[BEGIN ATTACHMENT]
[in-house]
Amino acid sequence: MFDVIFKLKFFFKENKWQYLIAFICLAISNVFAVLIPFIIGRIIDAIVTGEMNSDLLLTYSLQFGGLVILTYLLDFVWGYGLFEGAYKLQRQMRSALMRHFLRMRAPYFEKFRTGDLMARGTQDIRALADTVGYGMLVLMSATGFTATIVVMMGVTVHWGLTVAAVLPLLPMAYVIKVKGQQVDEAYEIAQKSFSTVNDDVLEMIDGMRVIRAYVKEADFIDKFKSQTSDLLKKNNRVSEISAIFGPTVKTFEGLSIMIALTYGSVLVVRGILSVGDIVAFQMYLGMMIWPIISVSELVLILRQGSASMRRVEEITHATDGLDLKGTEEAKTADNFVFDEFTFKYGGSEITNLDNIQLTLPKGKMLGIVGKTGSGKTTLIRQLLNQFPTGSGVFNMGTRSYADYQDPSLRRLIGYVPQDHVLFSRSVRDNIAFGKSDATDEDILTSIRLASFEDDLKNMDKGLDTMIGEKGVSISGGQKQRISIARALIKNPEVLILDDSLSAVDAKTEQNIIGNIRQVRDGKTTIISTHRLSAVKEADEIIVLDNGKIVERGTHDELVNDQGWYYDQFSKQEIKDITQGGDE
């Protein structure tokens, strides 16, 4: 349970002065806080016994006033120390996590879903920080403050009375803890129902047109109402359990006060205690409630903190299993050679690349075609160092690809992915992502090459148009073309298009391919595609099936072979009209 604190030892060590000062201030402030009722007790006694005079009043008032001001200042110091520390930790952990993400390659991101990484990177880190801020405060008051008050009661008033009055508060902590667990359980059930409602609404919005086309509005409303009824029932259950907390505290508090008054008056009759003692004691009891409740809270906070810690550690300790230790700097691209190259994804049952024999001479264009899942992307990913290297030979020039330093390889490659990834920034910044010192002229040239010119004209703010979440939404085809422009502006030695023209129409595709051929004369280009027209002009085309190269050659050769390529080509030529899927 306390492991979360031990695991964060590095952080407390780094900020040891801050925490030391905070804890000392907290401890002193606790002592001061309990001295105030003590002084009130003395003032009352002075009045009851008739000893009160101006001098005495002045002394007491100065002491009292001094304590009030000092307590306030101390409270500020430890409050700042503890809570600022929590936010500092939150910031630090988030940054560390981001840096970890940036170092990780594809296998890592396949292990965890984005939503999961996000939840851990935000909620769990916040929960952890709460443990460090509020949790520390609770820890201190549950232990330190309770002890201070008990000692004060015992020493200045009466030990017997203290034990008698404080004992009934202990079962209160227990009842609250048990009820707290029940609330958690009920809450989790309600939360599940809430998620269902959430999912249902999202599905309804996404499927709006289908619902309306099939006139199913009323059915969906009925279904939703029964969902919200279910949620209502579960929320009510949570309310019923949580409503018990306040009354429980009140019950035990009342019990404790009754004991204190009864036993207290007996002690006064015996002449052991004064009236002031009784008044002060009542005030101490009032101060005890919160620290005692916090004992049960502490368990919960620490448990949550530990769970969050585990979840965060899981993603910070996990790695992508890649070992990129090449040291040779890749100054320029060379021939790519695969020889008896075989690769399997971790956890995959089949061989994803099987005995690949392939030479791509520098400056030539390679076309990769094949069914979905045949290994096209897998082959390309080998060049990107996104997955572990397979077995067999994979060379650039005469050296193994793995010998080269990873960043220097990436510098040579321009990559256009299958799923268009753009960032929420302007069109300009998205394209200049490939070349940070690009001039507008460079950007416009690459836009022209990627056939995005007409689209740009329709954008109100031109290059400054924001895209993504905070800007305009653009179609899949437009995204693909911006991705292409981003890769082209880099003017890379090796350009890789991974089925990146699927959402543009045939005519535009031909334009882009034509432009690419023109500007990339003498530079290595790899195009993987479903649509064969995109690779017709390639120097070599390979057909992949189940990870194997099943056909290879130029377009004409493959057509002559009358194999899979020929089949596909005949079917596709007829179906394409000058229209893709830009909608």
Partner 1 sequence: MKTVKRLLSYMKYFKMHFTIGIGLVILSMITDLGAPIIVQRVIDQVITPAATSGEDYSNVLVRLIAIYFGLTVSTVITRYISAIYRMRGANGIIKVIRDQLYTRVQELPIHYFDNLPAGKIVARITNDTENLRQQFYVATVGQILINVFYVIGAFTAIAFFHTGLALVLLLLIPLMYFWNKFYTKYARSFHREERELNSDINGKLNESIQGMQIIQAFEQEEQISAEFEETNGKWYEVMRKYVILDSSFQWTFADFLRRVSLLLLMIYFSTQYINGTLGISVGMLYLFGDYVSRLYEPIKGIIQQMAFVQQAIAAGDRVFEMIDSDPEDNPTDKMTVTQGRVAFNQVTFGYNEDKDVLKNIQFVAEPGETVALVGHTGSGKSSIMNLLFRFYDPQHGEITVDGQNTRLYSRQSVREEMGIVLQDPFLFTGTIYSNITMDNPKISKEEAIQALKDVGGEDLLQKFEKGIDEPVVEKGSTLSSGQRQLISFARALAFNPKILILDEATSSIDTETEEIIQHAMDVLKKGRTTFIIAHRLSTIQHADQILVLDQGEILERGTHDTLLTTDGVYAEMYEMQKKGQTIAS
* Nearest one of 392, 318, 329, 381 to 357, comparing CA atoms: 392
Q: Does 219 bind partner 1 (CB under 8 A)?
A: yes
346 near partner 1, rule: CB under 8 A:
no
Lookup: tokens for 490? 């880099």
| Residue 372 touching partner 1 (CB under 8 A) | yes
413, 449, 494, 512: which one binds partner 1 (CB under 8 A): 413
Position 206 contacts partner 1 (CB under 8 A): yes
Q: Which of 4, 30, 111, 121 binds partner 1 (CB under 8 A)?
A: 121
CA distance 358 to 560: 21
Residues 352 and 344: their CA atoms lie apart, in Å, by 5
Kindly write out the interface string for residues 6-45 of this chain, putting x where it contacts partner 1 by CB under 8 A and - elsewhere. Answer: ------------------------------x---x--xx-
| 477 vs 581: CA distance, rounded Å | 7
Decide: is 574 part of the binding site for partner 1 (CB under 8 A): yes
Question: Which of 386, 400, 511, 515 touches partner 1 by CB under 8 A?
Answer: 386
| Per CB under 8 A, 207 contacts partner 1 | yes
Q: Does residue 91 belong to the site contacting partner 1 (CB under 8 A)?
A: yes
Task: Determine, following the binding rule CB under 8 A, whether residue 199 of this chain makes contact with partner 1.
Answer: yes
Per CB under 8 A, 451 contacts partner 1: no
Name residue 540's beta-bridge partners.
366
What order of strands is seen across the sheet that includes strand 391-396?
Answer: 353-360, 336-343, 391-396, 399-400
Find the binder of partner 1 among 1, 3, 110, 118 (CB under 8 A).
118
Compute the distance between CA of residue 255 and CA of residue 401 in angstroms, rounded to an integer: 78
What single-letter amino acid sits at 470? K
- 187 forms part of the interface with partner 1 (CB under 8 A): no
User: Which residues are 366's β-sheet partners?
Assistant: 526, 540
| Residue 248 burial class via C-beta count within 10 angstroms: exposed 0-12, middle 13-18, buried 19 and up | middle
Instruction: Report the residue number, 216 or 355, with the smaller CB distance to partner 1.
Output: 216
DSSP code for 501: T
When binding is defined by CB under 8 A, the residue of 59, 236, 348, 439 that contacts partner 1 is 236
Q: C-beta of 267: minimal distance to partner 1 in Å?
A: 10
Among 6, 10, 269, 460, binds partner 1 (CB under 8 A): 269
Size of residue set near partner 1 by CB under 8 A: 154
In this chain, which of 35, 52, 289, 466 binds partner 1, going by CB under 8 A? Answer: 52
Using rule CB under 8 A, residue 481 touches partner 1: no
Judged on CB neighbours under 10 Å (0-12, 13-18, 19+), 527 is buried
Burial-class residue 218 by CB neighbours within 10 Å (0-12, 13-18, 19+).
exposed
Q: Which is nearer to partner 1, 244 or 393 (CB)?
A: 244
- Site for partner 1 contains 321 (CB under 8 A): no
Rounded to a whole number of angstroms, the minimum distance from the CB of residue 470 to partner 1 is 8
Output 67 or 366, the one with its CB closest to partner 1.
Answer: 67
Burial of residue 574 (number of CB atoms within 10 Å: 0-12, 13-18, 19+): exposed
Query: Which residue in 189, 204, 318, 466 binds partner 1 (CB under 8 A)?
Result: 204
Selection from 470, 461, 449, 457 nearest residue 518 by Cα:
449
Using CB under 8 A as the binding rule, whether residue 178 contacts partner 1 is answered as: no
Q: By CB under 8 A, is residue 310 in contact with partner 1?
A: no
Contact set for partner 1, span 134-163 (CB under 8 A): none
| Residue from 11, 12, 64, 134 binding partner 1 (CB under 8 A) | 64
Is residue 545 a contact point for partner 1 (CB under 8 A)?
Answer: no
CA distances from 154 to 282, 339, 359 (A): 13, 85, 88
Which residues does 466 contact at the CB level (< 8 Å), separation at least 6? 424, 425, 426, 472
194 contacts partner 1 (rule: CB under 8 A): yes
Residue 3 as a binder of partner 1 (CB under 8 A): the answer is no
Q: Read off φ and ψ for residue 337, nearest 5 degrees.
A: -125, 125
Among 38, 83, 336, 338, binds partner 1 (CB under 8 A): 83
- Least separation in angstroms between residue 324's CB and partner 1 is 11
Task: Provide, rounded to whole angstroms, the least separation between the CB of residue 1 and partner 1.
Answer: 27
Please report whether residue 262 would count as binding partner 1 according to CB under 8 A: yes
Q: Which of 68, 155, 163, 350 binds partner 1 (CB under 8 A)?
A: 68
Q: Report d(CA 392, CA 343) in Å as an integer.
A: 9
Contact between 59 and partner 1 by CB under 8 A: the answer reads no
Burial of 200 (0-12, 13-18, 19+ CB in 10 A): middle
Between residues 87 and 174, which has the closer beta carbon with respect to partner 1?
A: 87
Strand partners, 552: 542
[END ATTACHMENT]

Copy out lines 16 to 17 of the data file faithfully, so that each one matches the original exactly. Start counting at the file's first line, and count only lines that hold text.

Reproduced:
CA distance 358 to 560: 21
Residues 352 and 344: their CA atoms lie apart, in Å, by 5